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31 May 2017

Crow Not Crow Pencils!

I will be sharing pencils with the publisher of Crow Not Crow tomorrow, and I thought I'd walk you (and them) through my process for this book. I say 'this book' because rarely do I do things the same way. But this is the process that seems to work for this one, so here goes.
     The book is full of birds and will be vetted by ornithologists, so I have to get the birds right. So my first stage was drawing birds, tons and tons of birds.



     For the layout I'm going to share, I did this crow.
     I've also been playing with thumbnails, going back and forth between drawings. They can be quite crude, something only I would understand - like this.
I start drawing the elements that I see working in the drawing. For this one, my husband posed for me. I also looked up leaves. Working with hand sketches and some digital, I came up with this.
     But this is still a mess. I don't like the tree I chose, the branches are too delicate. And I want all my elements to feel like part of a whole. I printed this stage out to an A4 piece of paper, then put it underneath a thin marker paper because I can see through it without a light table.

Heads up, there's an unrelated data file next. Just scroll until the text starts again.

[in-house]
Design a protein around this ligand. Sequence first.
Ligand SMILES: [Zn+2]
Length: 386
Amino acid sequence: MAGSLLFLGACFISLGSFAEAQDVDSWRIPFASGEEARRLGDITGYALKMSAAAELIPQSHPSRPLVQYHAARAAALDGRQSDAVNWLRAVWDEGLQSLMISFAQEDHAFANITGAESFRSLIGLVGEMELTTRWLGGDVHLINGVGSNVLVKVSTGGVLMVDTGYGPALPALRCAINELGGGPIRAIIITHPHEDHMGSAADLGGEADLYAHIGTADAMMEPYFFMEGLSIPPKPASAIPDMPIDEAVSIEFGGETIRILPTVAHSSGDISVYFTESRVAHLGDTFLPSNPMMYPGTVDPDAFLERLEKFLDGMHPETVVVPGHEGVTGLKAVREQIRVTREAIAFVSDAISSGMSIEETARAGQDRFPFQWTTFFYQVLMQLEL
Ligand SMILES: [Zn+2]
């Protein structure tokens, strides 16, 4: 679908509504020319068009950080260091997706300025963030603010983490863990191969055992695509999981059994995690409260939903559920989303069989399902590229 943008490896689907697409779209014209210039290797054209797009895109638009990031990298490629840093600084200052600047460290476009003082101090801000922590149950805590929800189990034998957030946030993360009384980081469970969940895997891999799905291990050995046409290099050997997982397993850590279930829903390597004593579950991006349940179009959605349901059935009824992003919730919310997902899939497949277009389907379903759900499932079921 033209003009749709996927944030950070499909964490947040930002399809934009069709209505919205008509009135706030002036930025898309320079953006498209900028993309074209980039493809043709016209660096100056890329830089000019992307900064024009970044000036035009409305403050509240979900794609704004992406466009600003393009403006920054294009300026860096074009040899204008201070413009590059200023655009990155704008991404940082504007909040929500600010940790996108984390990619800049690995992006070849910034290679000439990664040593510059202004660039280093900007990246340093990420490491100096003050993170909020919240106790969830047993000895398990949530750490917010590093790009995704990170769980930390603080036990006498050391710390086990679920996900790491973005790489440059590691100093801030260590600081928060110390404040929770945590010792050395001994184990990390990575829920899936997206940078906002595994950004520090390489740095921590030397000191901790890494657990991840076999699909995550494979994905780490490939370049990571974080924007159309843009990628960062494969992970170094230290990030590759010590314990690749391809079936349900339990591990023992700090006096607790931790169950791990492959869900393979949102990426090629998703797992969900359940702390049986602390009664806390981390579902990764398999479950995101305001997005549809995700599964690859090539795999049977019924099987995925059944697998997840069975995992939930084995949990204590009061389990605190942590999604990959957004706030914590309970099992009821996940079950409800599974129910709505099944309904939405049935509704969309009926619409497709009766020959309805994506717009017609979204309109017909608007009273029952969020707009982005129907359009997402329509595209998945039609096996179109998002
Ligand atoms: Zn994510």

This is the stage where several things happen. First, I changed the leaves. Second, I added atmospheric elements. But probably most importantly, I softened up the bird. Because, while I want the bird to be correct, I don't want the book to be so tightly drawn that it looks too realistic. If I wanted that, I could just take pictures. I want my artistic, illustrative hand to come into play, to stylize things. This is how I hope I'll find the happy medium between being anatomically correct for the ornithologists and artistically inspired for myself.
You'll notice I bumped the contrast, and played with value to make you look where I want you to look. I'm also seeing the transparency of the colors I'll be using - but that part is in my head for now.
     But wait, I'm not done yet! Again, to balance the anatomically correct birds, I really needed to use some photo reference for the people. So, I arranged a photo shoot. Well, I tried to arrange a photo shoot. What ended up happening was quite off the cuff.